Theatre Témoin: I wanted to explore was the individual stories of people who happened to be, among many other things, homeless, and crucially what was happening inside of their heads. And I think if I’m honest I wanted to better understand something I had seen in 2012 in a group of child-combatants-turned-poets who I worked with in Rwanda–the incredible relationship between poetic, creative, mythological thinking and the ability to bounce back from the darkest–for most of us unthinkable–traumas.
TT: At the risk of sounding pat, we don’t choose our subjects, they choose us. What we choose is stories, but the subject emerges from them. When we first began working with Grafted Cede Theatre on Nobody’s Home, what we knew we wanted to look at was The Odyssey. We looked at that, and we looked at the news items coming out about post traumatic stress disorder and the internal monsters our current soldiers were battling and the “subject” just became clear. Then we started working on a puppetry piece around the story of Bluebeard. At the time I happened to be working with two artists who both had bi-polar family members, and the story kept organically veering off track towards the story of a protagonist with bipolar disorder. The piece that emerged came so far away from the Bluebeard story that we ditched the original concept and renamed the piece “The Fantasist“. That “subject” chose us too, albeit in a very different way, because we didn’t actively choose it, at least not consciously.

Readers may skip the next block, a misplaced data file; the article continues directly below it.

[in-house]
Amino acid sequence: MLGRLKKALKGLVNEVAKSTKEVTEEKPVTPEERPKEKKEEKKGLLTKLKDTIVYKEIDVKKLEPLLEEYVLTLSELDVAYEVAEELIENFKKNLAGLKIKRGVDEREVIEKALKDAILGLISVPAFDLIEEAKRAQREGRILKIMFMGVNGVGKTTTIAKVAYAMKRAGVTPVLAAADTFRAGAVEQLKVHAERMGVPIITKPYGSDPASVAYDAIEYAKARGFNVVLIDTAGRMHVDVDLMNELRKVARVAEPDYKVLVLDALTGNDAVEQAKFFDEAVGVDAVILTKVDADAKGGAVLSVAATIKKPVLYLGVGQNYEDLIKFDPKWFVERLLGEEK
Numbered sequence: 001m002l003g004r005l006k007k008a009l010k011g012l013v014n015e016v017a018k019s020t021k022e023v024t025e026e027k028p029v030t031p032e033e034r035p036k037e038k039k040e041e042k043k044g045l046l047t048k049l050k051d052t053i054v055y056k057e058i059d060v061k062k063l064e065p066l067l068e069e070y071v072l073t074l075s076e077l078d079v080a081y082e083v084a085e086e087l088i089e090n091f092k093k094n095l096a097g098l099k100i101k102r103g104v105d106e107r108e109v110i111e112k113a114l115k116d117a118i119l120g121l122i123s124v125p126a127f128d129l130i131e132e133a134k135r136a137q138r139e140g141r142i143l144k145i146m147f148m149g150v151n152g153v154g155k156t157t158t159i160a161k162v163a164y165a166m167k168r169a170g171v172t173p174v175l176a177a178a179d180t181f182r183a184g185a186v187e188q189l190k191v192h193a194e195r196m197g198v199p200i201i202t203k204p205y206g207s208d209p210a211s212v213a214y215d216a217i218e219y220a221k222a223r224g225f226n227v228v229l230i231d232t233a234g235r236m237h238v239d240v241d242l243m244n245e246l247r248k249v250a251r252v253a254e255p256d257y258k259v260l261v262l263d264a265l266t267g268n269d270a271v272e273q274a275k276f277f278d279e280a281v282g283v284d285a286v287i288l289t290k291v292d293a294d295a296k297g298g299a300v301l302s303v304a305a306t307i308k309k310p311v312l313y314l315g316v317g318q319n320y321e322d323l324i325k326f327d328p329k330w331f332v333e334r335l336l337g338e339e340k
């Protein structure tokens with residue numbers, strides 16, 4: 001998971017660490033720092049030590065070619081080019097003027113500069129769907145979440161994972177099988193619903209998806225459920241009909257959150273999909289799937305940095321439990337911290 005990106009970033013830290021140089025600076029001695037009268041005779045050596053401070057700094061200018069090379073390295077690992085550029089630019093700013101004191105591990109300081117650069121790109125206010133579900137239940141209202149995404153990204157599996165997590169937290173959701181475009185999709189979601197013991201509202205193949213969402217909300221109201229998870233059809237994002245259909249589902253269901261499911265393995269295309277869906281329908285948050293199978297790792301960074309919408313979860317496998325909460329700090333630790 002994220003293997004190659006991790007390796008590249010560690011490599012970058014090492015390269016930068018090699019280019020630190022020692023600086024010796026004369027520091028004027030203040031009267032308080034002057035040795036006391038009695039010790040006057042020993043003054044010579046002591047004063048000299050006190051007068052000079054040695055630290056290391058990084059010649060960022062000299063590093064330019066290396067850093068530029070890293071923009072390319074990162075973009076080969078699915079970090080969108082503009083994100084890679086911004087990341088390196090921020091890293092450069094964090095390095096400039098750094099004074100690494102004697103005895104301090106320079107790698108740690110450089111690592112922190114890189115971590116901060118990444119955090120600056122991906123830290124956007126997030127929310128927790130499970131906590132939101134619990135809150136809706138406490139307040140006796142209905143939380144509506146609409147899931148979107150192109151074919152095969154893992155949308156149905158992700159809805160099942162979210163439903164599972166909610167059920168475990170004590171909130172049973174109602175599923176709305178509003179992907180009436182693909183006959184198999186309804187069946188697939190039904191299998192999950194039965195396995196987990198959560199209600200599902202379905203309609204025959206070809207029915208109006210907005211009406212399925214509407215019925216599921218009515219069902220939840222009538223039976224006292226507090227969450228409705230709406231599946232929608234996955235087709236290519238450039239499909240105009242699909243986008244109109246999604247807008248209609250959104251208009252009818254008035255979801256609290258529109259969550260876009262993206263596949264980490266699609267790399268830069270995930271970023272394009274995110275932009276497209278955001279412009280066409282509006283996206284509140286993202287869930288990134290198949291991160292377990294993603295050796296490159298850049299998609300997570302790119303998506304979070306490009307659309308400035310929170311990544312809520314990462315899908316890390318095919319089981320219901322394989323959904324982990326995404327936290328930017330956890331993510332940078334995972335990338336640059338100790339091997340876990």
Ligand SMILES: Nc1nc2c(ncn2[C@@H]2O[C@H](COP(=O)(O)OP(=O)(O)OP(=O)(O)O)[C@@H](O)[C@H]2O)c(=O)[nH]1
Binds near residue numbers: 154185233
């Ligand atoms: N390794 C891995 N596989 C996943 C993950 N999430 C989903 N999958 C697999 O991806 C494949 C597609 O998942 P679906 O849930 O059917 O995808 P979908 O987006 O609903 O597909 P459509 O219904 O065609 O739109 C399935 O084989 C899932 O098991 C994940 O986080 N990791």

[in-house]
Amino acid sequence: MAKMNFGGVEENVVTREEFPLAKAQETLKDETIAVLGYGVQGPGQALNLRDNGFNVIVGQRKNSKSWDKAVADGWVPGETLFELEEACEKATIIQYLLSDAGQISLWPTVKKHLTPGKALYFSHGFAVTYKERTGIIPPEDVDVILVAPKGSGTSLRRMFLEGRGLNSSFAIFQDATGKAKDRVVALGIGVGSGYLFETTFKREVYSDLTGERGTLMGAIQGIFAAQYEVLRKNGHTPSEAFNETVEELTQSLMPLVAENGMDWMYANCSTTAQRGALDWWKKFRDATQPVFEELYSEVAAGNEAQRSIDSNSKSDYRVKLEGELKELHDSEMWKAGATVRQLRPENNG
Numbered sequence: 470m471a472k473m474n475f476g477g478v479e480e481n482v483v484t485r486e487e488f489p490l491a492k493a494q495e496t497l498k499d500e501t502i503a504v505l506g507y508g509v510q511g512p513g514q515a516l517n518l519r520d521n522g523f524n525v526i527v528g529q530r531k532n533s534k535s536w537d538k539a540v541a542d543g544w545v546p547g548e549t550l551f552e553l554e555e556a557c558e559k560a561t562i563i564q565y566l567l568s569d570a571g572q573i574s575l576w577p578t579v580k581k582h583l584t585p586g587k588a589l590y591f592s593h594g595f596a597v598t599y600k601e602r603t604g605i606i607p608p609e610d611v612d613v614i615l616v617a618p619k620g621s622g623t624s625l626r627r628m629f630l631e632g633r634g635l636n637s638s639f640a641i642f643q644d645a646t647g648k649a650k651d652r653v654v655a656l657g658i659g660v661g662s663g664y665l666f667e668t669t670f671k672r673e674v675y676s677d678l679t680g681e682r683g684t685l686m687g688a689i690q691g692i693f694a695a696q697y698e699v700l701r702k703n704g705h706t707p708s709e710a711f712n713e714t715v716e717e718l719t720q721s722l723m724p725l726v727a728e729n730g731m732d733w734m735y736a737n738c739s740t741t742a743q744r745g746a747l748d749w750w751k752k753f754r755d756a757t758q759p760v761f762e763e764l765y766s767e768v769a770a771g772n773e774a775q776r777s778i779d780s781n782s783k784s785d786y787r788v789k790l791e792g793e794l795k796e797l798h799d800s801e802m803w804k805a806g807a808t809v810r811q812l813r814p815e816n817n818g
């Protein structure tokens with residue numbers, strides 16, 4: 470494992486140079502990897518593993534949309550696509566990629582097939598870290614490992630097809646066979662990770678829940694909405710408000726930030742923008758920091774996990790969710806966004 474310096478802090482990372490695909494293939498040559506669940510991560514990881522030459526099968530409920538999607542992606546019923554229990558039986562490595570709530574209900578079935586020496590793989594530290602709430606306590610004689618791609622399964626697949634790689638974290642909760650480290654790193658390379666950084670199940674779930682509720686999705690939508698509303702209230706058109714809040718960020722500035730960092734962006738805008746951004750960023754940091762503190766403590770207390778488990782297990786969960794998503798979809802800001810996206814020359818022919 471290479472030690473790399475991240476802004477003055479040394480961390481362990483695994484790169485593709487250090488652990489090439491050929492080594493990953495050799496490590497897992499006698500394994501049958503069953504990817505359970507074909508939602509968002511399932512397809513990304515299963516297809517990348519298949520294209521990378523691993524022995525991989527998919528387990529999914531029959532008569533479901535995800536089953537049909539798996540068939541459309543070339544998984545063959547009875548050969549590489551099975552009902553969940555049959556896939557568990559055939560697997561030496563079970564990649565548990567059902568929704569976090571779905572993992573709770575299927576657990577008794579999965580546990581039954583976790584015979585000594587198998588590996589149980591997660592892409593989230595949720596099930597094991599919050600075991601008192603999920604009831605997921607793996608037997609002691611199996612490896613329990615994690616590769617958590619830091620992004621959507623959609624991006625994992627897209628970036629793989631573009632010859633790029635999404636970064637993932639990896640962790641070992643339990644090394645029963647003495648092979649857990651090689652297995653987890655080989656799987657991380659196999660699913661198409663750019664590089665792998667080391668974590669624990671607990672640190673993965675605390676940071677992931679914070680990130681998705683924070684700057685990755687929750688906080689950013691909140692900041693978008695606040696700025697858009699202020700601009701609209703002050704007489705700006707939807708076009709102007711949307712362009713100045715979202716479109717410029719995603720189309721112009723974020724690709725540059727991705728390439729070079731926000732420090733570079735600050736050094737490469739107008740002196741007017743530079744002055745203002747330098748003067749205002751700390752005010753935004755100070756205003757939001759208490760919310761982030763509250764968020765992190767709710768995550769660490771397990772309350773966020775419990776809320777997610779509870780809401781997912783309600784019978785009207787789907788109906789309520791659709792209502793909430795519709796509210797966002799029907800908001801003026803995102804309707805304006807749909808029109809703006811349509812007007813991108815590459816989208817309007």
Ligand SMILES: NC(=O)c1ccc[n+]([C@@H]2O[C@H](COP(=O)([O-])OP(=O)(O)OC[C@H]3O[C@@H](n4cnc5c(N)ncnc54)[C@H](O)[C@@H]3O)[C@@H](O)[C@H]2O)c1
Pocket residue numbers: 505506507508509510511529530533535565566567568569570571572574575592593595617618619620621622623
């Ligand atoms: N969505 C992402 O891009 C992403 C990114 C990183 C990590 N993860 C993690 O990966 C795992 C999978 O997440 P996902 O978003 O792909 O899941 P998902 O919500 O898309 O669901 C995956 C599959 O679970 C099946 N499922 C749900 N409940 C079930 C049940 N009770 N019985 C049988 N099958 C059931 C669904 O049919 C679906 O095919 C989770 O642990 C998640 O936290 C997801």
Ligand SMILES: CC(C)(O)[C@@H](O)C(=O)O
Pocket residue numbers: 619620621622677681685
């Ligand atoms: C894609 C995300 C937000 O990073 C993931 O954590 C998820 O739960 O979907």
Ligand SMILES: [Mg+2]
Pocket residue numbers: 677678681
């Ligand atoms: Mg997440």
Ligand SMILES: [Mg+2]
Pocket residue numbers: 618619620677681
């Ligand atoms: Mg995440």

TT: I think they run parallel and are complimentary but aren’t causally linked in anyway. I know a lot of stunning visual artists who couldn’t care less about social engagement, and know a lot of incredible socially engaged artists who have a very different theatrical language or approach to making work to ours. I think one benefit of a visually poetic approach is that it’s a fast-track to the realm of empathy, awe, and emotion. You can defamiliarise a “issue” by taking it out of the realm of language, where all of our entrenched understandings, defense mechanisms, and opinions tend to hide. Sometimes I struggle to talk and write about “social engagement through theatre” in a way that really articulates the work.
TT: month of watching theatre, and my Pleasance pass! Is that totally dorky? Five years ago it was the beer and burgers meeting the other artists, and of course I really still look forward to that, but it’s a marathon, this “career in the theatre” thing, and I find more and more that what gets me through the long hard days is that one show (out of 50, maybe), that really opens something, shows me a new possibility or insight or feeling. Without those shows I don’t think I’d see any point in carrying on making theatre. You have to be moved and changed by it sometimes, to have that experience, so you know that your theatre might just do that for someone else. Otherwise, what the heck is it all for?
TT: Because Jack has an amazing story. He’s lived epic things, which we have put on stage not to preach or teach, but just to share. Jack’s story is incredible, fantastical, and inspiring and who knows, it might just open something new in you.